fast food strikeAmericans speak well of their one revolution but don’t expect another. Even so, revolution is more common today than ever, and the oligarchy should be cautious not to push too far. For the first time in a very long time, average people are noticing that class warfare is being waged against them. Those who work in the exploitive fast food industry are slowly standing up. They are not asking for $1 more, or $2 more; they basically want their salary doubled to $15 an hour.

That’s bold.

Those fighting for a more equal society have adopted a new name for what they seek: social justice.

That’s convincing and unthreatening. Who could be against that? As a result, their influence is growing.

More than people, however, it is raw statistics – overwhelming and indisputable — that are leading the charge. These figures are so dramatic that a director named Jacob Kornbluth, working with former Labor Secretary Robert Reich, has made a movie out of them.

It’s called “Inequality for All” and is getting wide notice in the media. It won at Sundance. The people seem ready for it.

In such times, even Forbes magazine feels comfortable pointing out that in 35 states welfare payments are higher than minimum wage.

Tim Cook, Apple CEO

Tim Cook, Apple CEO

that the $378 million compensation for Apple CEO Tim Cook is equal to the combined salaries of 6,258 Apple employees.

And for the quaint people who still read books, Sasha Abramsky has written, “The American Way of Poverty: How the Other Half Still Lives.” It suggests that inequality is designed for social control and that poverty is a key component of the American system that, ultimately, will destroy democracy.

Meanwhile, in higher education – once a critical component of upward mobility — there is a great deal of hand wringing over declining enrollment. The concern is that colleges and universities are doing something wrong, and that the traditional model no longer works. In truth, there is nothing wrong with the model. What’s wrong is that without a middle class there isn’t much need for colleges.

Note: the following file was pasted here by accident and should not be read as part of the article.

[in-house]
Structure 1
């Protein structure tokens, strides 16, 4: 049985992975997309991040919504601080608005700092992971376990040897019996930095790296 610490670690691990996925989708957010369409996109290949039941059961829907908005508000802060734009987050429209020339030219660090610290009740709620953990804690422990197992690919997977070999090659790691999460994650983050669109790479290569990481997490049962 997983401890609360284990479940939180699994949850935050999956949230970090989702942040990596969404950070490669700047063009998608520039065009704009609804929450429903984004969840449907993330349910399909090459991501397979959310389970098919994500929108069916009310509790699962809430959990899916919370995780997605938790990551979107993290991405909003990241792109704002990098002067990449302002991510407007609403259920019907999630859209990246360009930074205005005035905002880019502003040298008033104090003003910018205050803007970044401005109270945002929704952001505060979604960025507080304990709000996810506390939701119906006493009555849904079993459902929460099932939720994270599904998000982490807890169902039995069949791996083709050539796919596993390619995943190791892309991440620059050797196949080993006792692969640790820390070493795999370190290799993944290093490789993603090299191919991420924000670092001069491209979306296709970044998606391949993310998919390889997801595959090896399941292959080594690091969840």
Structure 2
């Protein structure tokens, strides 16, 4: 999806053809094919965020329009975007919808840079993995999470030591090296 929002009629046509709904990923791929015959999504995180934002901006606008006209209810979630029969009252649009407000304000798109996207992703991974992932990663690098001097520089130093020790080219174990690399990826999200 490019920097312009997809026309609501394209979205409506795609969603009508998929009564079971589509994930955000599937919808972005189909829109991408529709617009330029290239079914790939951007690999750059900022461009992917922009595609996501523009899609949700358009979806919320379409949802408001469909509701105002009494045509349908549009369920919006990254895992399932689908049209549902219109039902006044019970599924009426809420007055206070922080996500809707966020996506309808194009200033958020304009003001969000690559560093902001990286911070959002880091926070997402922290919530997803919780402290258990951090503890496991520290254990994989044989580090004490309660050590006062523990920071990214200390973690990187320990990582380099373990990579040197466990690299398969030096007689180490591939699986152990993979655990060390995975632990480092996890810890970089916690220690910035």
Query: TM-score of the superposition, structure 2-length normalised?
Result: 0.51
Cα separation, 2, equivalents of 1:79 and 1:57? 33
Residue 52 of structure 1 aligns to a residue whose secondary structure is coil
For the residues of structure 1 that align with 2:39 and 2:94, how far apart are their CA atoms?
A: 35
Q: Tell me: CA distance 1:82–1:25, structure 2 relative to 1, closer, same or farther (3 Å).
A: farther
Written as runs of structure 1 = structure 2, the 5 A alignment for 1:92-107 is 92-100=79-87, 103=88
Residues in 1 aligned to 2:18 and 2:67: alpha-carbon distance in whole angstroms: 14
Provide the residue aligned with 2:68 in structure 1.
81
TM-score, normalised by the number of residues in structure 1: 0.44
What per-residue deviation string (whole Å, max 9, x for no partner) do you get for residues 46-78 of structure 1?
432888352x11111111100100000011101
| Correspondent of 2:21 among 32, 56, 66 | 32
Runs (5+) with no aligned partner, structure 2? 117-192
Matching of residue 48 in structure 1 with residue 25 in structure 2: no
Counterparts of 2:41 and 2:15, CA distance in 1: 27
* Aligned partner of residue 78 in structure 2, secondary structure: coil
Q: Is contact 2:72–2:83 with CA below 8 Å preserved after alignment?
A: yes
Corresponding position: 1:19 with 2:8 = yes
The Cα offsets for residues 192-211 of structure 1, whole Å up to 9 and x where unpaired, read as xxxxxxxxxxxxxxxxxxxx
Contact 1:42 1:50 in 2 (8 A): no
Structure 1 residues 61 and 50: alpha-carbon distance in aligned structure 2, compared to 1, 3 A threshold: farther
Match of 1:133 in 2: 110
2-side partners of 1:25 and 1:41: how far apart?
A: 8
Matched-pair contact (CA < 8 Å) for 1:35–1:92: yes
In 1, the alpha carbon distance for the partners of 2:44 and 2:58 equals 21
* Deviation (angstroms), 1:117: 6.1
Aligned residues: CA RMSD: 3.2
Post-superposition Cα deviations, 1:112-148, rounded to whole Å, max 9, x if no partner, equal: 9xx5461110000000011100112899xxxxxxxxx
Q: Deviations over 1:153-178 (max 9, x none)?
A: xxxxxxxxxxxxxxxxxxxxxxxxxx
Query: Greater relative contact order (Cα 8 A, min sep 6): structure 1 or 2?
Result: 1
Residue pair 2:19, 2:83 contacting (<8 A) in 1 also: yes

Many will close.

Unless … the middle class fights back.

Amazingly, the democratic system allows it to do that. Even though the system is rigged with sophisticated gerrymandering and unrealistic requirements for campaign funding, there is still a way to change government.

The normally passive middle class could rise up. They would do so after watching, reading, fuming, sharing horror stories and trying to support children who can’t find jobs.

If they can begin to organize and act with conviction, they won’t even have to work up a sweat. Real revolution is unnecessary. The attentive members of Congress don’t need a weatherman to know which way the wind blows. They sway easily. They took care of the middle class and built up the economy after World War II.

They can do it again.

The golden years in America – for the middle class and nearly everyone else – were from about 1945 to 1980. Let’s bring them back. All it takes is for several hundred thousand Twitter fanatics to take to the streets, maybe even with assistance from the very poor (the saddest of all). It will be a movement the media will surely glorify as “The American Spring.”

It need not be messy.

We can call it a revolution without it really being one.

We can get people working again and get the economy moving again. Optimism will flourish again. We can reach out and reach up. We can do it all together.

The wonderful thing is the uncompassionate can do this for purely selfish reasons.

As the king said, what you do to the least of my brothers …

By Lanny Morgnanesi

Thoughts on a Christmas morning.

25 Dec

What would our country be like today if the teachings of Jesus were truly part of our cultural life? For a moment, let’s not complicate things with religion and divinity. Just think of the teachings. Would we allow high unemployment and poverty? Would our economy flourish or sink? Would Christian equality fetter the ambitious? Would a refusal to make war result in a stronger nation or a vulnerable, perhaps occupied nation? Would we all be happier and at peace with ourselves, even if we had to live with less? Maybe living with less is the secret to happiness.